Third Step: Focus on the SQL Server Instance
To quickly get an overview of the instance I recommend you use the Performance Dashboard Reports available for free from this link http://www.microsoft.com/en-us/download/details.aspx?id=29063. With this report you can see if your SQL Server instance is under CPU pressure and the actual waiting tasks.
According to the waiting task type you can get a clue as to what is going on. For example, the previous image shows that at the time of the report execution there was a locking issue in the instance, but you can get other wait types like SOS_SCHEDULER_YIELD or CXPACKET that will tell you that the problem is related to parallelism. You should take a look at the list of wait types and their descriptions on the MSDN help page for the sys.dm_os_wait_stats Dynamic Management View.
Are your log files fragmented?
If your log files are fragmented with a high amount of VLF files you will see a lot of WRITELOG wait types. This is very detrimental for performance.
Is the disk access time correct?
SQL Server needs a disk access time below 30 milliseconds to operate properly. The quickest way to check for this is to open the SSMS Activity Monitor, expand the Data File I/O view and sort it by Response Time in descending order.
A high disk access time could be due table or index fragmentation or because of a problem with the disk subsystem.
What information is in the SQL Server Error Log?
In order to discard a problem with the disk subsystem we should take a look at the error log for messages relative to long I/O requests, bad pages or dumps. You can execute the following stored procedure to view the contents of the error log.
Check out these resources:
Does the application access data through a linked server?
This is something that you must always consider when you are troubleshooting an application's database. The cause is simple: you could be looking for problems on the wrong server. The easiest way to look if there is an issue with a linked server is to look for excessive OLEDB wait tasks in the Performance Dashboard report.
Are the statistics current?
If your database statistics are not up to date, it will cause the query optimizer to not have the right information to build the best query plan. For example, the optimizer could opt for a parallel plan when a nonparallel plan was the best option making you think that you have something wrong with the max degree of parallelism because you see lots of SOS_SCHEDULER_YIELD or CXPACKET waiting tasks. If this is the case you should update the statistics right away and then execute the DBCC FREEPROCCACHE command to clear the procedure cache so new plans can be built using the updated statistics.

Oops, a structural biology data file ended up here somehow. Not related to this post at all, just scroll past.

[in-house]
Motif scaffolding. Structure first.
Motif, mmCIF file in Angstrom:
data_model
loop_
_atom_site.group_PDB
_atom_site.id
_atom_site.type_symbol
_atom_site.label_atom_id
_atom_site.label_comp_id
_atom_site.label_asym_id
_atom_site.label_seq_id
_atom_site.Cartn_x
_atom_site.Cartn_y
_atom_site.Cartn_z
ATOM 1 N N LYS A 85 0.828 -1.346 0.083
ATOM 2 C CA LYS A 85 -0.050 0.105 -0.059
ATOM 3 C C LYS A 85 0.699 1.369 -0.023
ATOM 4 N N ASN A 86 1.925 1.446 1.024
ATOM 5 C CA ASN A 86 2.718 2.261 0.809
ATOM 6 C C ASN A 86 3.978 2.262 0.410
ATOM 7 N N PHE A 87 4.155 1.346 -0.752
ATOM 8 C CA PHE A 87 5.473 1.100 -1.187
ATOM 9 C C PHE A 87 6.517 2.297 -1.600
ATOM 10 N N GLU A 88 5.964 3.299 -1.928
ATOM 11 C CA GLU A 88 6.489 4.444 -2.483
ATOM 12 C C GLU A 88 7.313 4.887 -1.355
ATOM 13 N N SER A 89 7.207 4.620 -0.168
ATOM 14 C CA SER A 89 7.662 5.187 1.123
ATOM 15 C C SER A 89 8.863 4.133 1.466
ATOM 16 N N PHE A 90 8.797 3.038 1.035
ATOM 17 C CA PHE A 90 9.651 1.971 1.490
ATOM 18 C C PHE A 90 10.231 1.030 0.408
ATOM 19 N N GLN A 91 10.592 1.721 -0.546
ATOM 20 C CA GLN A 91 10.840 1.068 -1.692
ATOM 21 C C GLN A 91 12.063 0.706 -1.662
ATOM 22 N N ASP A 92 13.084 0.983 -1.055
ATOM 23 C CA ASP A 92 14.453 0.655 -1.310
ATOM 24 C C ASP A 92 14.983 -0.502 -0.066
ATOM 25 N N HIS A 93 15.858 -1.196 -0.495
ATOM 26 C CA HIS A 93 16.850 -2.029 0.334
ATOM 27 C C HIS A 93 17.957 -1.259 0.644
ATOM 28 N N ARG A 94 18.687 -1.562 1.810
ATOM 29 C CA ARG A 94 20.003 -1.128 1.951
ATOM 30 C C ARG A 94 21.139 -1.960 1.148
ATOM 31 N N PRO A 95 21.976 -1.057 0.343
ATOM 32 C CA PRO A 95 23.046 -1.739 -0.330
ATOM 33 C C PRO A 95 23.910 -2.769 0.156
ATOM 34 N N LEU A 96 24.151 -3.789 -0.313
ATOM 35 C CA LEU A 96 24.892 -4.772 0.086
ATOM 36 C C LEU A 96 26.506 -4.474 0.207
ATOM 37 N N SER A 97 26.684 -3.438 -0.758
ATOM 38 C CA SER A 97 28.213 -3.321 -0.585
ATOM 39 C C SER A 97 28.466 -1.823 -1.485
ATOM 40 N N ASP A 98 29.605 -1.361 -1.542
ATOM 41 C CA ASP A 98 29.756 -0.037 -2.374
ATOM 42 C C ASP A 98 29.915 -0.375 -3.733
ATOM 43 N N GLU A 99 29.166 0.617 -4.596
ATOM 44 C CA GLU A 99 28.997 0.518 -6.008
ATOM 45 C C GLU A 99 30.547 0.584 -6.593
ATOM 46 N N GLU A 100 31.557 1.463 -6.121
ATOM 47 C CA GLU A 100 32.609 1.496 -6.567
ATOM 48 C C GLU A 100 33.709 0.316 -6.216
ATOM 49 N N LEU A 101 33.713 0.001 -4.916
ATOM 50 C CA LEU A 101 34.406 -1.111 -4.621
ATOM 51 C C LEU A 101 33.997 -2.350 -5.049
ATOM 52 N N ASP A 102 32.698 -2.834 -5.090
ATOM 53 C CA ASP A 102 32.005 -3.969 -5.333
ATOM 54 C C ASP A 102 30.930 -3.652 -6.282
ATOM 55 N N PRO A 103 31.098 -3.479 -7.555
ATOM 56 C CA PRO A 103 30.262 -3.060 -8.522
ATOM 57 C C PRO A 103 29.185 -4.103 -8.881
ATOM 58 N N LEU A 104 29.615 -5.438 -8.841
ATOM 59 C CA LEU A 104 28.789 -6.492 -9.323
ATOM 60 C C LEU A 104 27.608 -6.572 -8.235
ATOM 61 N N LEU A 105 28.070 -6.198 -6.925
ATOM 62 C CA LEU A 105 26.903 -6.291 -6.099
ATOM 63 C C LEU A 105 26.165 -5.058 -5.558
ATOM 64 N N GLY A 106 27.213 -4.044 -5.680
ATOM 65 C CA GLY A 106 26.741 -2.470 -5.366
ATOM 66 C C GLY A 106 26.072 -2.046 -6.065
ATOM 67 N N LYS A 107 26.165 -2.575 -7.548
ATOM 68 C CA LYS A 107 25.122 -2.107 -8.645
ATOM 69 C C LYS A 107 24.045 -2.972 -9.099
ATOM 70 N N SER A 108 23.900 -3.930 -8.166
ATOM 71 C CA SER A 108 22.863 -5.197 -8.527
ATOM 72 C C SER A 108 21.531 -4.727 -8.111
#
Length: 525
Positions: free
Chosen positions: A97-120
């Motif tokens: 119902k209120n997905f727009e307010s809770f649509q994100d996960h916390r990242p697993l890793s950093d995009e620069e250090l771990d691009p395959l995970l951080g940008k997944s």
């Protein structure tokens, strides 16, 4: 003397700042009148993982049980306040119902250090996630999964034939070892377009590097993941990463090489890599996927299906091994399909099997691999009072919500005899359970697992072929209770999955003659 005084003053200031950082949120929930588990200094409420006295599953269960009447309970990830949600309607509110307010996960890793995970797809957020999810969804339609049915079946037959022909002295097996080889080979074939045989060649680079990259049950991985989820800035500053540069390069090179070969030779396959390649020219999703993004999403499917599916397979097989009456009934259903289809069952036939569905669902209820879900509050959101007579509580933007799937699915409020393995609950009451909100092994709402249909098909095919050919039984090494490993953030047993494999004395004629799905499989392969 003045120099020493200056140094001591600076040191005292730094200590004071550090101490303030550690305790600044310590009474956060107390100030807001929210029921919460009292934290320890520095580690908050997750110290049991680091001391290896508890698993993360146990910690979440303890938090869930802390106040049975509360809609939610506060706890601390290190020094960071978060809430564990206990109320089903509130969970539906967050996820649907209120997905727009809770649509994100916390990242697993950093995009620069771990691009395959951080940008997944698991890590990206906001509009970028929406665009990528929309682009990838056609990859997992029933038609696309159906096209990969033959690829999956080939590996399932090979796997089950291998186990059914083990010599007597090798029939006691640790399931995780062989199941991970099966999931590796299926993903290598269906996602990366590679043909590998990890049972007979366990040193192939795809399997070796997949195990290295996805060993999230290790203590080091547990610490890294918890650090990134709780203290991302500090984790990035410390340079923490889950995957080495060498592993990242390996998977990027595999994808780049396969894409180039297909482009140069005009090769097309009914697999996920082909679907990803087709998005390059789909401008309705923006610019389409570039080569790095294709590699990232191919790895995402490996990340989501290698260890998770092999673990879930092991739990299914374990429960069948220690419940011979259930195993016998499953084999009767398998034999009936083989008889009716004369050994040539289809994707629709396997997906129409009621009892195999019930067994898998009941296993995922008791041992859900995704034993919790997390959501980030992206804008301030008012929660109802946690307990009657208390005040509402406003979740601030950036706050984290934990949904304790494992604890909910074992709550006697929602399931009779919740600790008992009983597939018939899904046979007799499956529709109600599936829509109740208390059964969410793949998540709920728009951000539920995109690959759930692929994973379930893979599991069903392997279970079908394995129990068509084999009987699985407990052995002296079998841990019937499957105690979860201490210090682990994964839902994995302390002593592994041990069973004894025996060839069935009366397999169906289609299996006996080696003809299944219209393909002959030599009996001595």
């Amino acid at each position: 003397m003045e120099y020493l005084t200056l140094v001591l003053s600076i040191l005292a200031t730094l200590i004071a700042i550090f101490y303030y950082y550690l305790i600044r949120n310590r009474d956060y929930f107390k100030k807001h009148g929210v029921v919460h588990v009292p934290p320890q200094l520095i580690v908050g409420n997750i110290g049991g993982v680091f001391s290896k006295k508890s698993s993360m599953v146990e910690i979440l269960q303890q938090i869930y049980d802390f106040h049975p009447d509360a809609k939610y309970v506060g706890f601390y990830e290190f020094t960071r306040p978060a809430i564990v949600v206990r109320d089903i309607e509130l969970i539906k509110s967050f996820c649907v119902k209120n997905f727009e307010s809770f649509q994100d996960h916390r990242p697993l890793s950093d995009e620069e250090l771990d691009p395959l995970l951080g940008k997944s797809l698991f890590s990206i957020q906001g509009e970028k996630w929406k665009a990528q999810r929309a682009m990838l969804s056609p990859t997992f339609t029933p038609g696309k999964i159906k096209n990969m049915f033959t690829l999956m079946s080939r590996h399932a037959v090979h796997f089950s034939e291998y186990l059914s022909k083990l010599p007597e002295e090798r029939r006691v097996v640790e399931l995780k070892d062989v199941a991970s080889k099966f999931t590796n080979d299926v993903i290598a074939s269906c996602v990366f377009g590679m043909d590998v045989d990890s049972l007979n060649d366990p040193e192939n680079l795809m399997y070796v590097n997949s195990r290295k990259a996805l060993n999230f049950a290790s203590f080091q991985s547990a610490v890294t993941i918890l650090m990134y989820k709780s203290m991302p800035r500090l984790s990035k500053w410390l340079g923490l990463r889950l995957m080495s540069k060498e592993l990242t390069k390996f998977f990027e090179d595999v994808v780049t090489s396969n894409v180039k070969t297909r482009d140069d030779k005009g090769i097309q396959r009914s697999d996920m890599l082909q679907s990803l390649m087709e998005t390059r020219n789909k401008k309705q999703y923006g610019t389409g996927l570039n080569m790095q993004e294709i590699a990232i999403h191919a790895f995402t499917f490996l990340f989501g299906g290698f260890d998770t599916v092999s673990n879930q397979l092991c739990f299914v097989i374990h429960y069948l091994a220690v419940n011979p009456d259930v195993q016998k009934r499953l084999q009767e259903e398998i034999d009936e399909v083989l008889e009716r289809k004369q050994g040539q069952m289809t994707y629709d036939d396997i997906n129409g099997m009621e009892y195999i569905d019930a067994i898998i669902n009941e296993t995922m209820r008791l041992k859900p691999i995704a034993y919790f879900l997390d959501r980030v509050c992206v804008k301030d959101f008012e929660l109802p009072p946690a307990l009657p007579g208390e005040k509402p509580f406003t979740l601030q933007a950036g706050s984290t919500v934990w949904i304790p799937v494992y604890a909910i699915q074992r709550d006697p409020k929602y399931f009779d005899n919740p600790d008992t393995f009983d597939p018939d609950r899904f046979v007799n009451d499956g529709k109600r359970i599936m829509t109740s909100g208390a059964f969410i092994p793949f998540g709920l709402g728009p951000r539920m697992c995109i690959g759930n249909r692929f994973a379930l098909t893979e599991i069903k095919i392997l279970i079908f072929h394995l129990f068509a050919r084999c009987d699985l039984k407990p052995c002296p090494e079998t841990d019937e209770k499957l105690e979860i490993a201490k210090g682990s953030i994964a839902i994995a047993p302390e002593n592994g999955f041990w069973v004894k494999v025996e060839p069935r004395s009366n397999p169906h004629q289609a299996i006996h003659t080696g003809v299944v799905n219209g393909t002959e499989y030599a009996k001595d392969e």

EXEC sp_updatestats GO DBCC FREEPROCCACHE() GO
- You can learn how to install the SQL Server Performance Dashboard reports in this tip: Install SQL Server 2012 Performance Dashboard Reports.
- For more help troubleshooting blocking check out the Troubleshooting Blocking tutorial.
- This tip will explain you how to Detect SQL Server CPU pressure.
- Also if your problem is CPU related I suggest that you read this tip: How to Identify SQL Server CPU Bottlenecks.
- For more information about CXPACKET wait type read A closer look at CXPACKET wait type in SQL Server.
- When you are troubleshooting wait types you should look at sys.dm_os_waiting_task as well as sys.dm_os_wait_stats Dynamic Management View. So the following tip will give you an insight: SQL Server sys.dm_os_wait_stats DMV Queries.
- If you don't know how to check if your database files have enough free space check this out: Determine Free Space, Consumed Space and Total Space Allocated for SQL Server databases.
- The following tip will show you how you can monitor the free space of the transaction log: Monitor SQL Server Transaction Log File Free Space.
- If you don't know what VLF means check out this tutorial: What is a Virtual Log File (VLF)?
- The following tip will show you the importance of having statistics up to date: Issues Caused by Outdated Statistics in SQL Server.
- After reading the previous tip check out Performance Issue with large number of Virtual Log Files in SQL Server Transaction Log.
- You can control your VLF with policy based management according to this tip: Monitor Your SQL Server Virtual Log Files with Policy Based Management.
- You can find more tips about Linked Servers on Linked Servers Tips Category.
- If you want to avoid problems in your instance you should do maintenance work. If you don't know how or need to go further, check out Maintenance Tips Category.
- Also check out Performance Tuning Tips Category.
Last Updated: 2015-12-17